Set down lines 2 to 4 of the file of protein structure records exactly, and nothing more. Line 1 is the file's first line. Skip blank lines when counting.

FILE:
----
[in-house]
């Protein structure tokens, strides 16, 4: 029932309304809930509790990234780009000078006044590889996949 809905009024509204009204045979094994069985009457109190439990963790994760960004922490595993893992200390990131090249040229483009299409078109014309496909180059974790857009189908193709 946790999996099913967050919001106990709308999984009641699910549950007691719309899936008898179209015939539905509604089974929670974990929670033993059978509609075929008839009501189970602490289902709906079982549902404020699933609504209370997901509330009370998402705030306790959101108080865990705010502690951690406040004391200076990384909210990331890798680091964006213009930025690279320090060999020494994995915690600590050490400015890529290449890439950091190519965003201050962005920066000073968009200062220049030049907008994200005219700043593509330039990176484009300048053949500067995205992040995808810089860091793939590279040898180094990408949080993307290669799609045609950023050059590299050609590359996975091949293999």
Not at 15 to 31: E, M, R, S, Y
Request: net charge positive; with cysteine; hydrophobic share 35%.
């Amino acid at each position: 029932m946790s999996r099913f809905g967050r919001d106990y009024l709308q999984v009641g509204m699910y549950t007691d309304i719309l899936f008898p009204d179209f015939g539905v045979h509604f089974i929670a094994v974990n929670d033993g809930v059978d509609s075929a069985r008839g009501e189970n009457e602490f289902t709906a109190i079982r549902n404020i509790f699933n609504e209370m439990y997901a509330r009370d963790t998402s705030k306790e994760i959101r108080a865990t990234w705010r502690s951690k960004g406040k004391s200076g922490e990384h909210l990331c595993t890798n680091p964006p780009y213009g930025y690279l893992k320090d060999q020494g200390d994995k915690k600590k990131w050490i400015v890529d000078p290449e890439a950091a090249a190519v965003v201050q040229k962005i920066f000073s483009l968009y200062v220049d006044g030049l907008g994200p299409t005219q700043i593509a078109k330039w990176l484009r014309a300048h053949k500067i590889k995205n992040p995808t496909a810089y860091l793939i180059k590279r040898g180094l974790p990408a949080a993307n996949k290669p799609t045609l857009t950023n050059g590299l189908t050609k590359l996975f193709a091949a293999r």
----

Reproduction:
């Protein structure tokens, strides 16, 4: 029932309304809930509790990234780009000078006044590889996949 809905009024509204009204045979094994069985009457109190439990963790994760960004922490595993893992200390990131090249040229483009299409078109014309496909180059974790857009189908193709 946790999996099913967050919001106990709308999984009641699910549950007691719309899936008898179209015939539905509604089974929670974990929670033993059978509609075929008839009501189970602490289902709906079982549902404020699933609504209370997901509330009370998402705030306790959101108080865990705010502690951690406040004391200076990384909210990331890798680091964006213009930025690279320090060999020494994995915690600590050490400015890529290449890439950091190519965003201050962005920066000073968009200062220049030049907008994200005219700043593509330039990176484009300048053949500067995205992040995808810089860091793939590279040898180094990408949080993307290669799609045609950023050059590299050609590359996975091949293999």
Not at 15 to 31: E, M, R, S, Y
Request: net charge positive; with cysteine; hydrophobic share 35%.